Emily St. John Mandel's murky crime thriller "The Singer's Gun"

By Anna Mundow
Sunday, June 20, 2010; BW12


By Emily St. John Mandel

Unbridled. 287 pp. $24.95

"The Singer's Gun" begins like a straightforward crime thriller: "In an office on the bright sharp edge of New York, glass tower, Alexandra Broden was listening to a telephone conversation. . . . A man's voice: It's done. There is a sound on the tape here -- the woman's sharp intake of breath."

But Emily St. John Mandel's new novel is something far rarer than this classic noir opening suggests. She introduces us to haunted, often fugitive individuals stranded in places from New York to Italy, from the past to the present. And her book strikes a perfect balance between introspection and action.

Broden, we soon learn, works for the State Department's Diplomatic Security Service division. She is searching for Anton Walker; we can only guess why. Mandel abruptly takes us to the island of Ischia in the Gulf of Naples, where Anton has stayed on following his honeymoon, his new wife having returned to New York.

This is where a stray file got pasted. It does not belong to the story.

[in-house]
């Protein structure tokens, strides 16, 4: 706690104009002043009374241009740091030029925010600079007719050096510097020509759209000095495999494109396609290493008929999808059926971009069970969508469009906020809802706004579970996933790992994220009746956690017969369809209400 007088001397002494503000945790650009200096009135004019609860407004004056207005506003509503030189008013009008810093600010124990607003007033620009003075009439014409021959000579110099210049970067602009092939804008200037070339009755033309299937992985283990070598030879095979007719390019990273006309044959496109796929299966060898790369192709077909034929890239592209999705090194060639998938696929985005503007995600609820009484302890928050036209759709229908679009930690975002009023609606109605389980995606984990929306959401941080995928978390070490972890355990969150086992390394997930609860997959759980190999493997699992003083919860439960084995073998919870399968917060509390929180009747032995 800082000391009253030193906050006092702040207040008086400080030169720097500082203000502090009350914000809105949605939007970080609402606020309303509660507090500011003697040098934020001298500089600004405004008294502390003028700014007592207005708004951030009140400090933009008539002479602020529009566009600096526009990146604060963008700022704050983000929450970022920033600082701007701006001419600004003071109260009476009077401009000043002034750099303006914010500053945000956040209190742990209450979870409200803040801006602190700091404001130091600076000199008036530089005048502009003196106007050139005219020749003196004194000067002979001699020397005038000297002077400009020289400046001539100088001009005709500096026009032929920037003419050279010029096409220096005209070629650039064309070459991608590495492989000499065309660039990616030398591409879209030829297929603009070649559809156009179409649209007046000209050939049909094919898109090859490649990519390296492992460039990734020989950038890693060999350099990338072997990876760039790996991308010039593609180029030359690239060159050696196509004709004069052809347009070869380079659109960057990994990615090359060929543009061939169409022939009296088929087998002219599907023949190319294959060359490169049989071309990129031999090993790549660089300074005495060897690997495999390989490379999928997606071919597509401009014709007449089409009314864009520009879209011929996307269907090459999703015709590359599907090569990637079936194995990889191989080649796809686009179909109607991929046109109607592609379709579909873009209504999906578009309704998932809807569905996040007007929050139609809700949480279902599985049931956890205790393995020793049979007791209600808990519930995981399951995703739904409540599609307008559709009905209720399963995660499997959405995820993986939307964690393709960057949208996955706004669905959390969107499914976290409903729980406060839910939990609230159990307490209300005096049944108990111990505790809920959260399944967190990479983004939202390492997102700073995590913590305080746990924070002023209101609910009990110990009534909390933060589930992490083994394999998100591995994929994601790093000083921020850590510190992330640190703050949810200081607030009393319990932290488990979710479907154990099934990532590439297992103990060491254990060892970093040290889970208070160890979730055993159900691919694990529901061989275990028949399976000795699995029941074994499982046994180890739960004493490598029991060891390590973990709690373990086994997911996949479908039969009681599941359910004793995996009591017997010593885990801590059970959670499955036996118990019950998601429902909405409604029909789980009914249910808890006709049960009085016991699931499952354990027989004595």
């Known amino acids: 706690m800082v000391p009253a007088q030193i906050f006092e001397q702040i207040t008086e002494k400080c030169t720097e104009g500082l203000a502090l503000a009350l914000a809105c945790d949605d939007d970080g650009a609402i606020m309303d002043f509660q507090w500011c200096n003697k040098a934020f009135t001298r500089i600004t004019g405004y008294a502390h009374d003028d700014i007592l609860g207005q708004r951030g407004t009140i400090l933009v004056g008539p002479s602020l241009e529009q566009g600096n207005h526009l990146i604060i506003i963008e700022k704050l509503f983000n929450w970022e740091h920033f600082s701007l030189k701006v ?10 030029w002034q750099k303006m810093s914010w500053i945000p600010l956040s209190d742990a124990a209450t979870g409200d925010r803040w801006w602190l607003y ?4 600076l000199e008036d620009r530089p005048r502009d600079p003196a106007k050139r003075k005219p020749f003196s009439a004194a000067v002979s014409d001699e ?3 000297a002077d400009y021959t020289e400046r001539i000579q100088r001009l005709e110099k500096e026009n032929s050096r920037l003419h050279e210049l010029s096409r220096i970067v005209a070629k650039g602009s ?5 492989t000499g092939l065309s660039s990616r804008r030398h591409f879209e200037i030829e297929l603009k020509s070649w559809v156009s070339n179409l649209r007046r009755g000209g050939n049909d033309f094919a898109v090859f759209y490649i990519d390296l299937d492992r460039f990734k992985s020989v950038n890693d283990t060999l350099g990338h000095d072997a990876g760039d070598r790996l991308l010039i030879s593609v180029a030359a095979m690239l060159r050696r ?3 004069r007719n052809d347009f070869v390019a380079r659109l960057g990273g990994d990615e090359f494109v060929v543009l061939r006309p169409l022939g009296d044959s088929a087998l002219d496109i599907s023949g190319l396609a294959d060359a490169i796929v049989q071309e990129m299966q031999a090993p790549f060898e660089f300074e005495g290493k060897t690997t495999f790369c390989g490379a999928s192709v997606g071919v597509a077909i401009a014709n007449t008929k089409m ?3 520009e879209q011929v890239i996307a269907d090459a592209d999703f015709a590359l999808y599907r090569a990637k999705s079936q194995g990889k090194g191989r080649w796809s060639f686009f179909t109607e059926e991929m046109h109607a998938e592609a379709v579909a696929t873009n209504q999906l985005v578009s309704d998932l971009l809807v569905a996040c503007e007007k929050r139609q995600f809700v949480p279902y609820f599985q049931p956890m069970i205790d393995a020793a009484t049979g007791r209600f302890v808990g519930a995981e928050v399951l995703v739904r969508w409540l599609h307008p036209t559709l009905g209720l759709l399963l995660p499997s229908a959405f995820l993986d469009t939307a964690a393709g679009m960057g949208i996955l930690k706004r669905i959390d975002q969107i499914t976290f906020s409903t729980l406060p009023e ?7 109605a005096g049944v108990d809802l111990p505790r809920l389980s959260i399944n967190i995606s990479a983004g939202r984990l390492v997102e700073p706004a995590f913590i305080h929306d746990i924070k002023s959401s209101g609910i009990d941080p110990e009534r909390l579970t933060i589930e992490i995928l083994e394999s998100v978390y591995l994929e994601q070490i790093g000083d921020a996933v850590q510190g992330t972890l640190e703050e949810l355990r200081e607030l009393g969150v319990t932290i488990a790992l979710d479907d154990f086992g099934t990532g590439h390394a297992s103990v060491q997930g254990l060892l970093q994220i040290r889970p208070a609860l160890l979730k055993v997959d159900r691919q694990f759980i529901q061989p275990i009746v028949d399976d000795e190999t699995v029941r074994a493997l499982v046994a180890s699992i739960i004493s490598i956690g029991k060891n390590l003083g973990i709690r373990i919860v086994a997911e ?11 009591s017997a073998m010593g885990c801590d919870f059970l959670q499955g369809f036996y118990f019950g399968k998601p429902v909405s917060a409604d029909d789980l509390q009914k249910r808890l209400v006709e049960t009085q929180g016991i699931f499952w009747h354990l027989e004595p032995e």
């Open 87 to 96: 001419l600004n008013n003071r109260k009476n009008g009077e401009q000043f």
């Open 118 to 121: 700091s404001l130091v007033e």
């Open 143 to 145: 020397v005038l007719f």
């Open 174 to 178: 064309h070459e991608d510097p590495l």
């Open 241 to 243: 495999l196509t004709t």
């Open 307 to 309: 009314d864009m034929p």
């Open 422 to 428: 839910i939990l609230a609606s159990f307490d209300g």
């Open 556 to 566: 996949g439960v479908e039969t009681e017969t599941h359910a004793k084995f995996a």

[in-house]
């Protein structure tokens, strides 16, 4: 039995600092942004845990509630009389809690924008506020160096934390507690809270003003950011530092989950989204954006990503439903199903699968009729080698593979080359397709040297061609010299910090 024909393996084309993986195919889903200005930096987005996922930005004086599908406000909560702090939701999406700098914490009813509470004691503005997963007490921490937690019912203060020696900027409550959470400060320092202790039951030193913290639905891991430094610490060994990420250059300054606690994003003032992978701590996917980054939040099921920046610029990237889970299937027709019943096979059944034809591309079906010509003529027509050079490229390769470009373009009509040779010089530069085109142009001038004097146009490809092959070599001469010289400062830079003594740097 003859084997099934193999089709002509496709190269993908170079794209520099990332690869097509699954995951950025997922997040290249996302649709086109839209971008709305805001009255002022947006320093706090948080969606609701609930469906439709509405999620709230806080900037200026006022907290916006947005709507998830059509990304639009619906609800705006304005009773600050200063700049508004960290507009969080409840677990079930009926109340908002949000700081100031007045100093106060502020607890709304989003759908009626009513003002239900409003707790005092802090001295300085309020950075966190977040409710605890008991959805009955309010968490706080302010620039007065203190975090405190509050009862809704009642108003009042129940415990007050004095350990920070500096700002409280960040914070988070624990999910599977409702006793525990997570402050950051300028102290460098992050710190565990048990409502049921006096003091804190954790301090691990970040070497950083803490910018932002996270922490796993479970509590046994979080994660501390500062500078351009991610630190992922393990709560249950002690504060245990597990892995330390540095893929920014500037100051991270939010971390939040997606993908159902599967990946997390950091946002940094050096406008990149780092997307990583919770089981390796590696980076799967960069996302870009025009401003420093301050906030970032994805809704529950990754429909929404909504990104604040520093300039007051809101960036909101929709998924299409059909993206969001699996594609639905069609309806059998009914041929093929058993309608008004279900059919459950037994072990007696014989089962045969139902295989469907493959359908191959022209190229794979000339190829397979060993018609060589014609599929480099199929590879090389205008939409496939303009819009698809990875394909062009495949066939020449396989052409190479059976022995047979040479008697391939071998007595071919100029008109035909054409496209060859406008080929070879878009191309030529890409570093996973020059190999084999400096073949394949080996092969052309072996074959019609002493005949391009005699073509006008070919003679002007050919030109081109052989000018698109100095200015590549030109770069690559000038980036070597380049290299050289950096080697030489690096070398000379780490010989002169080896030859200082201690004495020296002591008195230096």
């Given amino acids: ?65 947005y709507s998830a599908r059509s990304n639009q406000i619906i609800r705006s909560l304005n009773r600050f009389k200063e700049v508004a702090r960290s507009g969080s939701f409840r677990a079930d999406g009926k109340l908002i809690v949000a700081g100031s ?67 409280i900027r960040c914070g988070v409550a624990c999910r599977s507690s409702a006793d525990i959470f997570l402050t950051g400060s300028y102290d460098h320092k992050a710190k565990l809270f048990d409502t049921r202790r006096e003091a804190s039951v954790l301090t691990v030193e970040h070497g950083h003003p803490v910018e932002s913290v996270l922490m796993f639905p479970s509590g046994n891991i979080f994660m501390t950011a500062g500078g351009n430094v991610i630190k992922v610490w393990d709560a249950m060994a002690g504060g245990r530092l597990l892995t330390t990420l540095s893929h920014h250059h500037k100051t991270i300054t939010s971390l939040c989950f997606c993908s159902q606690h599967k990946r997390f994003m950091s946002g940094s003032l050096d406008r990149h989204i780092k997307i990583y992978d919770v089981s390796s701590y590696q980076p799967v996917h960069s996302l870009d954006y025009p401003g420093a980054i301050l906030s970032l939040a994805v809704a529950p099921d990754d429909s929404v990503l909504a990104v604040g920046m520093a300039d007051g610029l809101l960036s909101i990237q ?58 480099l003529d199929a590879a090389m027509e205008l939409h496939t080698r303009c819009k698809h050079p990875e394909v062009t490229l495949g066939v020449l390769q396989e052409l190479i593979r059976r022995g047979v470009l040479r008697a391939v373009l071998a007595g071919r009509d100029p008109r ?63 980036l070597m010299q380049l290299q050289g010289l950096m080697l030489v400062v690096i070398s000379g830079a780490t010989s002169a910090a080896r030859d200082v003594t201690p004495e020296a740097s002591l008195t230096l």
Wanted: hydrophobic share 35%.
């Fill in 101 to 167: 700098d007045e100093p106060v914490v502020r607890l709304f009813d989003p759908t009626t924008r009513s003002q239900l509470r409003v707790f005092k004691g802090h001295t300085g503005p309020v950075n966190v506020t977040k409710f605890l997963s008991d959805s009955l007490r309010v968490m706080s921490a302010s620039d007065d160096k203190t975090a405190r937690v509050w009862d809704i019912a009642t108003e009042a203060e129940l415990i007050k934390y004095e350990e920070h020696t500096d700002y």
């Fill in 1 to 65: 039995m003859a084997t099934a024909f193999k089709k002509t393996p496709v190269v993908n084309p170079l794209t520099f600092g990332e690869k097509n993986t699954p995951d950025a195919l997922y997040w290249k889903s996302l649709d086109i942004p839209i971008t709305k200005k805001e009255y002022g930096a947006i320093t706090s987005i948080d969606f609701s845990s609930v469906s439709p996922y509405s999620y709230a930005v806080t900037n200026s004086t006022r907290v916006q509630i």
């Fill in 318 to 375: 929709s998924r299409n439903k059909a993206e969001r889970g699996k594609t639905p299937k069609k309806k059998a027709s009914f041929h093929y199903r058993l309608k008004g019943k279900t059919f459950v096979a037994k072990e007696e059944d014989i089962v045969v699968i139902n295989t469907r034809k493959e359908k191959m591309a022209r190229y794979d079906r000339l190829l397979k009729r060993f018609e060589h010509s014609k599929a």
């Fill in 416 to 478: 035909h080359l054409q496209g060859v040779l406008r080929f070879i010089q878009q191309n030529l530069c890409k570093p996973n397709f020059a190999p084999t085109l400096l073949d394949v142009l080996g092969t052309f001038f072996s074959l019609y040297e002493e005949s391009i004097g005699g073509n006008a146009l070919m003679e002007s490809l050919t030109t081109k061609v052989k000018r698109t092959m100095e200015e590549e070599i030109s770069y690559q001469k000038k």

This elegantly looping narrative repeatedly revisits the past, where overlapping secrets explain the links between Anton; Elena, his ex-secretary and recent lover; and Aria, Anton's cousin and erstwhile partner in crime. As Mandel skillfully layers and then cunningly exposes these interlocking puzzles, we gradually realize that identity fraud is at the heart of the plot and at the core of these lives. Anton's elderly parents sell stolen antiques while Cousin Aria deals in deadlier contraband. Anton and Elena have invented their own résumés, not for profit but to gain the legitimacy of office jobs in a corporate world that Mandel brilliantly depicts as the ultimate altered reality.

When Anton is demoted, his carefully constructed life begins to unravel, and his cousin pressures him to participate in one last crime. "There was an idea he'd been thinking about for years now," Mandel writes of her oddly attractive hero. "Everything he saw contained a flicker of divinity. . . . It still seemed plausible in those days that everything might somehow fall back into place."

Dread gradually supplants hope, however, and when violence intrudes -- sickening in its casual efficiency -- the best that Mandel's characters can hope for is the chance to live a different kind of lie. Mandel's readers, on the other hand, will surely appreciate the novel's decidedly grown-up denouement, a fitting conclusion to an eminently satisfying thriller.

Anna Mundow is a literary correspondent for the Boston Globe and a contributor to the Irish Times.

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